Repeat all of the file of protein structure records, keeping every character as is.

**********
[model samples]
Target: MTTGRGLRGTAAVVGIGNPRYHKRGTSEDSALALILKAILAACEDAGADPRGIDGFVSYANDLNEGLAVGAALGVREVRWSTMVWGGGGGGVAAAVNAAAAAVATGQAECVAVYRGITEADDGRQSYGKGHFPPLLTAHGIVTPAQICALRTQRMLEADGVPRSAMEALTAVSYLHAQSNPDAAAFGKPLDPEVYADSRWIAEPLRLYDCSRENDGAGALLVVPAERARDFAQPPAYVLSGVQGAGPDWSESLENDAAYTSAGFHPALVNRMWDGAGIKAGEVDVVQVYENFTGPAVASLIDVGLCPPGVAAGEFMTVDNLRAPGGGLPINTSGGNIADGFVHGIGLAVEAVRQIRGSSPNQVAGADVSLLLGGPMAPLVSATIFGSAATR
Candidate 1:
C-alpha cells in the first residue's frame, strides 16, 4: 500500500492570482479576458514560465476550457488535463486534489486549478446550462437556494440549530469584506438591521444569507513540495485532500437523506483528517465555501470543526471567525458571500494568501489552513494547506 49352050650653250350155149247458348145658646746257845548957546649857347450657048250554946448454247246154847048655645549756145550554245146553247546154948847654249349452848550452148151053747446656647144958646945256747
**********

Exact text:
[model samples]
Target: MTTGRGLRGTAAVVGIGNPRYHKRGTSEDSALALILKAILAACEDAGADPRGIDGFVSYANDLNEGLAVGAALGVREVRWSTMVWGGGGGGVAAAVNAAAAAVATGQAECVAVYRGITEADDGRQSYGKGHFPPLLTAHGIVTPAQICALRTQRMLEADGVPRSAMEALTAVSYLHAQSNPDAAAFGKPLDPEVYADSRWIAEPLRLYDCSRENDGAGALLVVPAERARDFAQPPAYVLSGVQGAGPDWSESLENDAAYTSAGFHPALVNRMWDGAGIKAGEVDVVQVYENFTGPAVASLIDVGLCPPGVAAGEFMTVDNLRAPGGGLPINTSGGNIADGFVHGIGLAVEAVRQIRGSSPNQVAGADVSLLLGGPMAPLVSATIFGSAATR
Candidate 1:
C-alpha cells in the first residue's frame, strides 16, 4: 500500500492570482479576458514560465476550457488535463486534489486549478446550462437556494440549530469584506438591521444569507513540495485532500437523506483528517465555501470543526471567525458571500494568501489552513494547506 49352050650653250350155149247458348145658646746257845548957546649857347450657048250554946448454247246154847048655645549756145550554245146553247546154948847654249349452848550452148151053747446656647144958646945256747